aka: Senjō no Ōkami, Space Invasion, Wolf of the Battlefield: Commando
Moby ID: 1618
ZX Spectrum Specs
See Also

Description official descriptions

Several levels await your super-tough Commando in this vertical scrolling game. Armed with only a standard rifle and a few grenades you must take on hordes of Nazis. Some are wandering around in the open, while others have picked out hiding places, which you must approach from certain angles. Trees, rivers and bridges create a varied combat-like terrain and must be incorporated into your thinking. Extra grenades can be collected, and will definitely be required, as they allow you to kill from distance and thus avoid some enemy shots.


  • 戦場の狼 - Japanese spelling

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Credits (ZX Spectrum version)

4 People



Average score: 70% (based on 39 ratings)


Average score: 3.4 out of 5 (based on 221 ratings with 4 reviews)

A glimpse at lazy gamemaking

The Good
I liked the fact that this game was so easy to win so I was able to rack up another win to my personal NES game count without exerting too much effort. And it is always enjoyable to see early examples of poorly translated Japanese video games.

The Bad
Commando always struck me as a rather sorry excuse for a game. I guess I am just easily offended by the fact that the game's 4 levels were actually just the same one level repeated 4 times but with more enemies and bullets during each iteration.

The Bottom Line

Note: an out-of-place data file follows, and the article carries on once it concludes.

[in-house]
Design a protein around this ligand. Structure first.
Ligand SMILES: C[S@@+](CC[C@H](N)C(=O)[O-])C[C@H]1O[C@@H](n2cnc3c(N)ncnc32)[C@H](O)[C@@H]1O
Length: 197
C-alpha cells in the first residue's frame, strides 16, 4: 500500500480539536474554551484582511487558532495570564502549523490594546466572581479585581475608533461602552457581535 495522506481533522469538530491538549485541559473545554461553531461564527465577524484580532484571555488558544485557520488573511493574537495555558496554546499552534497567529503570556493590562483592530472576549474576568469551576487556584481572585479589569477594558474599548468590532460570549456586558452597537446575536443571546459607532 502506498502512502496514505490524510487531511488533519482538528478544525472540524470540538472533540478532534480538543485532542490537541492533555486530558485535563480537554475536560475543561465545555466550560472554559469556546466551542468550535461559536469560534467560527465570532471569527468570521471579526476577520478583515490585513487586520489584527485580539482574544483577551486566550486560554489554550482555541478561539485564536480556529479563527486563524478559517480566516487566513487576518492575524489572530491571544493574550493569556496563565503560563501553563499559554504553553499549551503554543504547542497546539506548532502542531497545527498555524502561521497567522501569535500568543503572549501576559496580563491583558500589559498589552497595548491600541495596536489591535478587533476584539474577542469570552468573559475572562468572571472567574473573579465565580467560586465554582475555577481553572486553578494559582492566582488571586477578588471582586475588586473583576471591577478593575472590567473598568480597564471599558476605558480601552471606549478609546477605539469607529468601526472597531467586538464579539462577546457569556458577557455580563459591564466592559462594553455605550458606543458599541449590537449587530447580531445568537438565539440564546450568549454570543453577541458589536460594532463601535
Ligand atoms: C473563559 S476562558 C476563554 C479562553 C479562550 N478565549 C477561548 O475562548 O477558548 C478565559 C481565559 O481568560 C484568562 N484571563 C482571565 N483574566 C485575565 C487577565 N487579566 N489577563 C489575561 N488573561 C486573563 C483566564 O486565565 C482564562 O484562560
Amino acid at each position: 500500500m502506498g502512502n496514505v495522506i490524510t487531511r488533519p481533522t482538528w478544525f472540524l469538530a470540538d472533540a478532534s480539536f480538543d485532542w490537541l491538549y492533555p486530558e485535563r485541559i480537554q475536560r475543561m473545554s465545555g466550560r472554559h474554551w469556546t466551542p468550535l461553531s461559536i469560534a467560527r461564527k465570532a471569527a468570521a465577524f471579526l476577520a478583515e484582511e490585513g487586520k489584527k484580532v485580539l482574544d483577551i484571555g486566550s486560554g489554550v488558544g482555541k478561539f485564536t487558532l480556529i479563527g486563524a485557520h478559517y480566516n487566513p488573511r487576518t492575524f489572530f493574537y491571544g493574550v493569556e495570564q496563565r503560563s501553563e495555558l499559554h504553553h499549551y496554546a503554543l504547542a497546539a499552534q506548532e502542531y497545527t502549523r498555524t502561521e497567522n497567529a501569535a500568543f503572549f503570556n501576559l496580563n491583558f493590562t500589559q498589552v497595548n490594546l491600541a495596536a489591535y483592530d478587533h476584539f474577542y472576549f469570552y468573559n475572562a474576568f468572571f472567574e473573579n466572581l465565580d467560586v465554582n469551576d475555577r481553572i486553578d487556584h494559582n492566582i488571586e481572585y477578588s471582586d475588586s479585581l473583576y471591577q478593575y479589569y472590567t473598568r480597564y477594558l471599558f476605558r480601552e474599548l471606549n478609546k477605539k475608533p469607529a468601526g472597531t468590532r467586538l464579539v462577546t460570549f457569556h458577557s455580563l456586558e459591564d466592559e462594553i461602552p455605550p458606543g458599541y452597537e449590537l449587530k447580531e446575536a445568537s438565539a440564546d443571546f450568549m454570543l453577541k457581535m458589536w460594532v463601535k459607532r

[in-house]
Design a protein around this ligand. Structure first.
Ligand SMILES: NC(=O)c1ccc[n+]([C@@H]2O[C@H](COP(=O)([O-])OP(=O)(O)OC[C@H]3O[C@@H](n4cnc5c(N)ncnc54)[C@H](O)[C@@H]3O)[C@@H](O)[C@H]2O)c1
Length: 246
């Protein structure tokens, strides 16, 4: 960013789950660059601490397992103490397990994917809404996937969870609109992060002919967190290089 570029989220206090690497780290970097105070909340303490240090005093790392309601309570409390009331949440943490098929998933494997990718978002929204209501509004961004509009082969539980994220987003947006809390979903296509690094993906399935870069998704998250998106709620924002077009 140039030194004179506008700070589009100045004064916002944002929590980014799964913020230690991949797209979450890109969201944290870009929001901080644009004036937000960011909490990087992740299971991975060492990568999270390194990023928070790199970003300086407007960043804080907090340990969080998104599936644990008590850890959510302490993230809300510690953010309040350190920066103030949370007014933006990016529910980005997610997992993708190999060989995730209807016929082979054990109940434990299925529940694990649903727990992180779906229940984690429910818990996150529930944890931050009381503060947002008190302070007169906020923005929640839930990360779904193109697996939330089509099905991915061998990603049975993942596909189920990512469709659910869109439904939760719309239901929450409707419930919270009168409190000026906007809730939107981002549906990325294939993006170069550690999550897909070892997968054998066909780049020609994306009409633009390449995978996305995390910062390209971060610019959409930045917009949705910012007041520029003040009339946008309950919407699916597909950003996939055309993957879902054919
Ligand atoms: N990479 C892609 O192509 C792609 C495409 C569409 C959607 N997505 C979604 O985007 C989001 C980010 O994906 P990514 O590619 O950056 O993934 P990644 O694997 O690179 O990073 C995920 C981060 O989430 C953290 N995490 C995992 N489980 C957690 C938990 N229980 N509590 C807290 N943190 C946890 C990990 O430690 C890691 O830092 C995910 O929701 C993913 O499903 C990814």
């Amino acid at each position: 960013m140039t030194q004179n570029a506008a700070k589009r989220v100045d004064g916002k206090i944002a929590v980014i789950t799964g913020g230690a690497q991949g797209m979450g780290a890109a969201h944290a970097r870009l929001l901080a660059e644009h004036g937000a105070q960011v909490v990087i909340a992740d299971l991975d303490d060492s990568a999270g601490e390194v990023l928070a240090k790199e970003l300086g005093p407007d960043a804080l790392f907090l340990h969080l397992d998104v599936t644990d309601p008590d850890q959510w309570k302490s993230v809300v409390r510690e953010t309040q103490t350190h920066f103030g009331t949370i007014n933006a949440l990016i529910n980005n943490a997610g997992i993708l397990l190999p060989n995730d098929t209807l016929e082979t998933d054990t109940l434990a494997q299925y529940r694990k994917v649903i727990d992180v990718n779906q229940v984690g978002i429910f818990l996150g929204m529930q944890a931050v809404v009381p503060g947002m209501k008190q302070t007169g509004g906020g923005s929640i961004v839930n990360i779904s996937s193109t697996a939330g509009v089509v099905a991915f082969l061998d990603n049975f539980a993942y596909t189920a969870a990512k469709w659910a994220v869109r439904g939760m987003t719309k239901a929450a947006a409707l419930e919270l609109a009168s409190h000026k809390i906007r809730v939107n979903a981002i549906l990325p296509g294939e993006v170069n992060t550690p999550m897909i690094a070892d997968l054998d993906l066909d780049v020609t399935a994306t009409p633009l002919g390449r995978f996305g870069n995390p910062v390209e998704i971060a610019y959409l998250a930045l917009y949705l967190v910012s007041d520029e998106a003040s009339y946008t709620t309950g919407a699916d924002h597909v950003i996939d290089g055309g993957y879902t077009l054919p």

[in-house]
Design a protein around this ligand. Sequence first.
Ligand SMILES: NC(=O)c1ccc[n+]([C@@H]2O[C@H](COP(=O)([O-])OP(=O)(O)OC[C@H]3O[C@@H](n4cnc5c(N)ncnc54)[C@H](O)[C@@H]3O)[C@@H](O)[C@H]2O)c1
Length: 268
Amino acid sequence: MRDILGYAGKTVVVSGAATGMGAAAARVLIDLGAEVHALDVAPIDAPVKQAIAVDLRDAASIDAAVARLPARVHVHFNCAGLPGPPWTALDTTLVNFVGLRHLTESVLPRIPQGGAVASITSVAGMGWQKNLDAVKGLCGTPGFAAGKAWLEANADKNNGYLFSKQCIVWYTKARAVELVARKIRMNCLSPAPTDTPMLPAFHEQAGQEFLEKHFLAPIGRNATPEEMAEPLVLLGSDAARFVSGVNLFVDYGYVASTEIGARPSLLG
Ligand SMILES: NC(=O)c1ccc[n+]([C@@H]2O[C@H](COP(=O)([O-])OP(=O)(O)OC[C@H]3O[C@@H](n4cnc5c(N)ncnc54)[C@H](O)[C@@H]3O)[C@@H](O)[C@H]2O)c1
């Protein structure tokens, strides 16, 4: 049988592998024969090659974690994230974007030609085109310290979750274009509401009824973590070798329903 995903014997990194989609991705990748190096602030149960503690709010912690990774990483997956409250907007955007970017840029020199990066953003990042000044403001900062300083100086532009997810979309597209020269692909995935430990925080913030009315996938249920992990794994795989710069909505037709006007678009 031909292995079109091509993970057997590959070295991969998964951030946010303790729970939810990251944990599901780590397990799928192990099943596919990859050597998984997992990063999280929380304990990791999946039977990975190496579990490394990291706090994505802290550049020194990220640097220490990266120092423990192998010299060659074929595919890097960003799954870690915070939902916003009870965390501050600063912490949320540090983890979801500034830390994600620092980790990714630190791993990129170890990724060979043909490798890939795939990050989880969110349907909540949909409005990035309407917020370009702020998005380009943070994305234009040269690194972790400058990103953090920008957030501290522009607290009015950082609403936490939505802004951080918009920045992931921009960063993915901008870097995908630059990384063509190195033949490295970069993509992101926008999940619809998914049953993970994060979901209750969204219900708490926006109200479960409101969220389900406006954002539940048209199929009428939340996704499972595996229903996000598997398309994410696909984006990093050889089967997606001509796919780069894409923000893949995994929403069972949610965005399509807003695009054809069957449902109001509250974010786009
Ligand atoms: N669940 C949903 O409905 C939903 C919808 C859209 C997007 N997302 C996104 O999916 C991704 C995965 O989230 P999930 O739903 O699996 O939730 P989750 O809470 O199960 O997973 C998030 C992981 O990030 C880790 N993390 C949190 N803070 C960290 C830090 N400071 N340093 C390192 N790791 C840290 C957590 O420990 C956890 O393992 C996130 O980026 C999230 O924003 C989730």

Go ahead and play Commando, if only because it will not take you very long. Then move along to the sequel, the far superior Bionic Commando.

NES · by Multimedia Mike (20603) · 2005

A conversion well done

The Good
When it was released in 1984, Capcom's Commando was a huge hit in the arcades and the game came out on every possible platform there was at the time. In the game, you play the commando who is asked to destroy two enemy bases. You are dropped off into enemy territory, and your task is to get through eight areas while shooting enemies before they have the chance to either shoot at you first or bomb you with grenades. You have a machine gun and several grenades to use against them.

The game contains every element that the coin-op version had. This includes the animation in which you lose a life, the throwing of grenades by your character, and most of all, the character walking from one spot to another. You can move freely around the screen to a spot where you cannot easily get shot.

The graphics are in line as well. The structures on the ground, including enemy trenches, small shacks, deserted roads, and watch towers, make you feel as if you are walking through war zones as enemies will emerge from these structures.

Although the music hasn't got that energetic feel that the Commodore 64 version had, there is Commando-style music that really suits the gameplay. This type of music is also present in the coin-op version. The sound effects are good, and goes well with the event that has just taken place.

The Bad
The game could have been improved when your character gets near the end of each area, where there are no bosses to defeat. You just have to kill a bunch of enemies who make their way past the huge gate that opens. This got a bit boring after a while.

The Bottom Line
The Amiga version is faithful to the coin-op version, regardless of whether it is missing the C64's energetic soundtrack, which was composed by no other than Rob Hubbard. The gameplay is quite a simple run-and-shoot game. I still think that Commando should have had bosses at the end of each area, like in Ghosts 'n Goblins.